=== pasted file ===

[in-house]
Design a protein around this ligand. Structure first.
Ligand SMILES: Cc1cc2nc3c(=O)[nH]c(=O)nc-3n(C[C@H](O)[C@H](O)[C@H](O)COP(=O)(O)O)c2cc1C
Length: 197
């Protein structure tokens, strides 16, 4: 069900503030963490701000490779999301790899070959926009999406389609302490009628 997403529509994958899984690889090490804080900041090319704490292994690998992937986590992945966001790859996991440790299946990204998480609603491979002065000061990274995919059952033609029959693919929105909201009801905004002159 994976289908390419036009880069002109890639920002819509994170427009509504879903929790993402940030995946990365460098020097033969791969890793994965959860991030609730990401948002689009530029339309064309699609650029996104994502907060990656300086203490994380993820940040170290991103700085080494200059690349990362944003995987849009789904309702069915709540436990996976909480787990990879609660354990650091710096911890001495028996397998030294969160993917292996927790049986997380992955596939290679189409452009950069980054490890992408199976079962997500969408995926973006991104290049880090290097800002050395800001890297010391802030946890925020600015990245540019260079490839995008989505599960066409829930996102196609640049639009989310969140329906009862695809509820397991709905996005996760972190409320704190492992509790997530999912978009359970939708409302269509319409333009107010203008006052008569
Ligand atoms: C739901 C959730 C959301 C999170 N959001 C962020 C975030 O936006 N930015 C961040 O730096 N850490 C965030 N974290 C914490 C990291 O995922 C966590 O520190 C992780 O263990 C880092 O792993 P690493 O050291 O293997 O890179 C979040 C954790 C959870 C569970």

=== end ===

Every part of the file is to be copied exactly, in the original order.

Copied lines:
[in-house]
Design a protein around this ligand. Structure first.
Ligand SMILES: Cc1cc2nc3c(=O)[nH]c(=O)nc-3n(C[C@H](O)[C@H](O)[C@H](O)COP(=O)(O)O)c2cc1C
Length: 197
């Protein structure tokens, strides 16, 4: 069900503030963490701000490779999301790899070959926009999406389609302490009628 997403529509994958899984690889090490804080900041090319704490292994690998992937986590992945966001790859996991440790299946990204998480609603491979002065000061990274995919059952033609029959693919929105909201009801905004002159 994976289908390419036009880069002109890639920002819509994170427009509504879903929790993402940030995946990365460098020097033969791969890793994965959860991030609730990401948002689009530029339309064309699609650029996104994502907060990656300086203490994380993820940040170290991103700085080494200059690349990362944003995987849009789904309702069915709540436990996976909480787990990879609660354990650091710096911890001495028996397998030294969160993917292996927790049986997380992955596939290679189409452009950069980054490890992408199976079962997500969408995926973006991104290049880090290097800002050395800001890297010391802030946890925020600015990245540019260079490839995008989505599960066409829930996102196609640049639009989310969140329906009862695809509820397991709905996005996760972190409320704190492992509790997530999912978009359970939708409302269509319409333009107010203008006052008569
Ligand atoms: C739901 C959730 C959301 C999170 N959001 C962020 C975030 O936006 N930015 C961040 O730096 N850490 C965030 N974290 C914490 C990291 O995922 C966590 O520190 C992780 O263990 C880092 O792993 P690493 O050291 O293997 O890179 C979040 C954790 C959870 C569970």